Bob Cousy is one the most accomplished point guards ever, having won 6 NBA titles as a member of the Boston Celtics. Cousy was a 13-time All-Star during his 13 seasons with the Celtics, and of the best point guards in terms of being a star playmaker and a leader on the court. Leading the league in assists 8 times, Cousy is an easy inclusion into Tier 6.

George Mikan is a Hall of Famer, 3-time scoring champion, and 4-time All-Star who was a Minneapolis Lakers legend. Mikan was a force at scoring the ball, averaging 23.1 PPG, and snatching 13.4 RPG over his 7-year career. Mikan is a Hall of Famer who was unstoppable when healthy and in his prime. Unfortunately, injuries prevented him from having a longer career but he is still one of the NBA's first superstars.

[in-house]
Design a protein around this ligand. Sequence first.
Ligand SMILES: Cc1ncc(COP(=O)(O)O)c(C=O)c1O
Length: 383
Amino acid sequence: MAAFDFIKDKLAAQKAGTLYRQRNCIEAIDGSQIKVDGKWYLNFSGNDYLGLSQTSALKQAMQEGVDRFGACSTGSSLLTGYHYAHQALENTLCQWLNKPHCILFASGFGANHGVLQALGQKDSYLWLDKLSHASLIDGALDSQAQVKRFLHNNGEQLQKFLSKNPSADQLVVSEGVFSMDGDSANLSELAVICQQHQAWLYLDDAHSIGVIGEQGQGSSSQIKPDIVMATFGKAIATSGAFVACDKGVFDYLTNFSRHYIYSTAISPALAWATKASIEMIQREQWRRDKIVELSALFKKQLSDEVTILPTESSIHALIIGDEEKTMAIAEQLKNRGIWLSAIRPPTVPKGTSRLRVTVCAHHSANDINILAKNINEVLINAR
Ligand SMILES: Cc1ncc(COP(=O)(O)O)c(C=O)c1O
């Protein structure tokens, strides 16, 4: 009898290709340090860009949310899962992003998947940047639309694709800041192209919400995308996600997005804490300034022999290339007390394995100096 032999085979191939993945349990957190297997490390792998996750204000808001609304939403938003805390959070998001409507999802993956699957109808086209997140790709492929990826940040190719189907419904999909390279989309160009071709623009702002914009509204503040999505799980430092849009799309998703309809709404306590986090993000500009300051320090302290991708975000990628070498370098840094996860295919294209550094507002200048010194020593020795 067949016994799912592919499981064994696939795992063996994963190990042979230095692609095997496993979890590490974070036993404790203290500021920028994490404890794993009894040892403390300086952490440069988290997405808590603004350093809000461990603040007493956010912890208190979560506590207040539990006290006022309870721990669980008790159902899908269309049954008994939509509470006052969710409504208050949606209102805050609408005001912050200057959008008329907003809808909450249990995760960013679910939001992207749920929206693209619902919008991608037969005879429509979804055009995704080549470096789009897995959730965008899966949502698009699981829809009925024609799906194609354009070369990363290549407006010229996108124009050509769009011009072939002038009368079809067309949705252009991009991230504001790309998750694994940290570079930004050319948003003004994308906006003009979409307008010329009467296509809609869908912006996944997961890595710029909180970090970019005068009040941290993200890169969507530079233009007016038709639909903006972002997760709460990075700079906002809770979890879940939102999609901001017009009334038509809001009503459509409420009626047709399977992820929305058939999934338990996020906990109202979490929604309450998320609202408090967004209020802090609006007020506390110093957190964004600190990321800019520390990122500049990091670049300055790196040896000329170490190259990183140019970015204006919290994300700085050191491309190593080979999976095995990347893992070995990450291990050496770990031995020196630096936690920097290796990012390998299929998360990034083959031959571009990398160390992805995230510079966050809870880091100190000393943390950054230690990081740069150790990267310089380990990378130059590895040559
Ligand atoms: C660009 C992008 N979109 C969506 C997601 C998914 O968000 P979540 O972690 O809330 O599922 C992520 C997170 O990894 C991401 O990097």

Bob McAdoo was a sensational scorer among the best we have ever seen from the center position. A 3-time scoring champion, former MVP, and two-time NBA champion; McAdoo averaged a solid stat line of 22.1 PPG and 9.4 RPG over his career. McAdoo had three straight seasons of averaging over 30 PPG in 1973-1976 and is one of the purest ballers we have ever seen whether you are aware of him or not.

“Big Game” James Worthy truly shined in the biggest moments, winning a Finals MVP in his career and being a part of the Showtime Lakers Dynasty that dominated the league. Worthy was a stud at the small forward spot, defending the ball very well and also scoring the ball thanks to his athleticism and razor-sharp mid-range game. Worthy is easily a Tier 6 player and one of the best small forwards ever in terms of the overall impact on a winning team.